Jordan’s Telecoms Regulatory Commission awarded Friendi Mobile a licence to provide mobile phone services using the infrastructure of an existing operator in mid-March.
It has also been given a preliminary licence from the Telecoms Regulatory Authority in Oman. The decisions could herald a wave of liberalisation in the region’s telecoms markets, if regulators in other countries follow. Saudi Arabia and Bahrain are both considering opening up their markets to virtual operators, with Manama likely to approve them later this year (MEED 21:3:08).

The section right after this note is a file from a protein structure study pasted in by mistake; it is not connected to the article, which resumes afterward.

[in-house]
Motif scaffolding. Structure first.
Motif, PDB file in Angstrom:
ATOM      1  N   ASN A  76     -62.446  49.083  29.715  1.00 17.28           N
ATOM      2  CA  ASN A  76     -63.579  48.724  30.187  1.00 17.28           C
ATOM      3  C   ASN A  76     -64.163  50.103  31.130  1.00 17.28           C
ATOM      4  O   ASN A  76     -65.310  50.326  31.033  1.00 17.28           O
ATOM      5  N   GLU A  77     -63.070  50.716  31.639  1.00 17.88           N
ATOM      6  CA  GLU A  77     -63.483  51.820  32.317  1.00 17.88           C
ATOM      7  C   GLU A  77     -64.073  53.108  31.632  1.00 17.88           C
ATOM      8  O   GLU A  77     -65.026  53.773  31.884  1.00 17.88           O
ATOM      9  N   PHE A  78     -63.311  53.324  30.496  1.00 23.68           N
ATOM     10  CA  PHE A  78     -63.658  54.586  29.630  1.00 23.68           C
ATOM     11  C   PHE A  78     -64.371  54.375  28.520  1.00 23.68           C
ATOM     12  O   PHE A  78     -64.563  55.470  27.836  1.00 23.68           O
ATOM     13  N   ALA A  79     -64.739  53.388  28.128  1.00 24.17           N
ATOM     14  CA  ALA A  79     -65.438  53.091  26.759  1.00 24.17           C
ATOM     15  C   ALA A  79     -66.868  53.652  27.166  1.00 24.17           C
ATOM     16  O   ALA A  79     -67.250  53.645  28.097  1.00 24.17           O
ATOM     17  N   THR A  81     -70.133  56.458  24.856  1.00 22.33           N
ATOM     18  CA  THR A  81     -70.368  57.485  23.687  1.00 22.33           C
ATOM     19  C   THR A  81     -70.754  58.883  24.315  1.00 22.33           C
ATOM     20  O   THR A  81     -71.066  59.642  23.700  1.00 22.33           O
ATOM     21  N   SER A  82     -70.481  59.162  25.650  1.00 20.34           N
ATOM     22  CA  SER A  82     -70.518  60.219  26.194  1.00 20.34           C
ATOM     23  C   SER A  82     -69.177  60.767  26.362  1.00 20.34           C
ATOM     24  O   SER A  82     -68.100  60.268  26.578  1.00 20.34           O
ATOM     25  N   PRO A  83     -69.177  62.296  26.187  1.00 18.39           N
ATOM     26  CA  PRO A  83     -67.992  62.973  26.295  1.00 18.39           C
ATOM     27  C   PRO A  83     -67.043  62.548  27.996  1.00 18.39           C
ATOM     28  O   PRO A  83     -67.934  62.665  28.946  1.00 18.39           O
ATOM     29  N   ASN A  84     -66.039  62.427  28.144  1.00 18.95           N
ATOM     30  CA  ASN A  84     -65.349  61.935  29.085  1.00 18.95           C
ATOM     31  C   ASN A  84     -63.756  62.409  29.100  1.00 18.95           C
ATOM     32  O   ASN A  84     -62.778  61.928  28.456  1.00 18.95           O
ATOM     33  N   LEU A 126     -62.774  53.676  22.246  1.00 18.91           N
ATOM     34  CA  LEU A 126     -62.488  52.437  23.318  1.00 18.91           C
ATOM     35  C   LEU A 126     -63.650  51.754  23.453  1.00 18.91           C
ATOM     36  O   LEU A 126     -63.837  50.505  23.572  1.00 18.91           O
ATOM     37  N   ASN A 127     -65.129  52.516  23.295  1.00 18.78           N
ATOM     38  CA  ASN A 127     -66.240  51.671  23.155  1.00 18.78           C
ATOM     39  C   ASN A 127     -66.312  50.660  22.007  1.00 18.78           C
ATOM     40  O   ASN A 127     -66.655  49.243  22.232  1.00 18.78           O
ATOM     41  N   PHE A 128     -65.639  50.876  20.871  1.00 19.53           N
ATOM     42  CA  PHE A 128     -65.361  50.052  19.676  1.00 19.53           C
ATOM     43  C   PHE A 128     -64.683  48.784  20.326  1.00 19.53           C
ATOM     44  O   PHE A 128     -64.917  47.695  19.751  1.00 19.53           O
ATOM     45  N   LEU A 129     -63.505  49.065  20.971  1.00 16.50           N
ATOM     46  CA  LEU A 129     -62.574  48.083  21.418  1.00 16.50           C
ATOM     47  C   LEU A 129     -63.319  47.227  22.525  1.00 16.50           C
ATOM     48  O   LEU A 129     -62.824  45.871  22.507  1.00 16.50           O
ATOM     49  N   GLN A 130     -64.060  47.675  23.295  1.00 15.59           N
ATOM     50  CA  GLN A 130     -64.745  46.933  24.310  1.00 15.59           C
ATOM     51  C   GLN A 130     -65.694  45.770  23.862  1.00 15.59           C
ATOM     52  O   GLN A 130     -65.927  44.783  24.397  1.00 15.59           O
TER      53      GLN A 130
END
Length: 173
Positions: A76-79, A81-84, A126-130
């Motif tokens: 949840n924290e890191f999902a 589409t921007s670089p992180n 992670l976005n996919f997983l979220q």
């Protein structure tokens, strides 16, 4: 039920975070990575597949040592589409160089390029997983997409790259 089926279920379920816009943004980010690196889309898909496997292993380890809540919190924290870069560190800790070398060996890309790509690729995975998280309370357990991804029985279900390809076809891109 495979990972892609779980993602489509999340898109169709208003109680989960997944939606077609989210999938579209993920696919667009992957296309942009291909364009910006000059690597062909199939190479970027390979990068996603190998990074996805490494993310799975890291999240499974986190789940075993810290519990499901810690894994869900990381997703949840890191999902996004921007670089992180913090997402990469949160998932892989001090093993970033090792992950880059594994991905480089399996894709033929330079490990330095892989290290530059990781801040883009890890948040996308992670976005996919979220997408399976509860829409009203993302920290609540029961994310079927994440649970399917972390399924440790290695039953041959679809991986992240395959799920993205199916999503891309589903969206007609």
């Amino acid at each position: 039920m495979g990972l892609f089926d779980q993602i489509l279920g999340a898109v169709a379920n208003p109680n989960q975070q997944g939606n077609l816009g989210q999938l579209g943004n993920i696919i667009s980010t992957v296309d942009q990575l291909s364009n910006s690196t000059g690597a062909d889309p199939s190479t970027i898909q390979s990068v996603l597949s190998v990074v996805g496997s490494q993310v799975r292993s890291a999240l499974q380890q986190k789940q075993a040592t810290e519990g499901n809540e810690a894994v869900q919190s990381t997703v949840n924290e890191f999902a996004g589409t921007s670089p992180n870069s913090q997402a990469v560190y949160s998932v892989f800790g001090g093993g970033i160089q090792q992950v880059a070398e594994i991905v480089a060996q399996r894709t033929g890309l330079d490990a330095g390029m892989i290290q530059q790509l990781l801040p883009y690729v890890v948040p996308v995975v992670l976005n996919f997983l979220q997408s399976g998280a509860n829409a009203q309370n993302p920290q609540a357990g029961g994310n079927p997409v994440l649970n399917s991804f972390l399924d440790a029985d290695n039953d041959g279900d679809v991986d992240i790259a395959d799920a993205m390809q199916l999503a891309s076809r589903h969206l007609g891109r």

In other regions, particularly Europe and the US, liberalisation has been followed by dozens of consumer brands launching virtual networks.
Friendi has yet to reach a deal with one of Jordan’s mobile operators. There are four in the country: Orange; Umniah, a subsidiary of Bahrain’s Batelco; Xpress; and Zain, the local arm of the Kuwaiti firm of the same name.
“We are still in negotiations with the operators,” says Mikkel Vinter, chief executive officer at Friendi. “I cannot give an exact [launch] date right now, but we are looking at a summer timeframe.”
Friendi paid a fee of JD120,000 ($170,000) for its licence.
It also received a preliminary licence for a mobile virtual network in Oman in the middle of March, and has yet to reach a deal with either of Oman’s two operators, Oman Mobile and Nawras.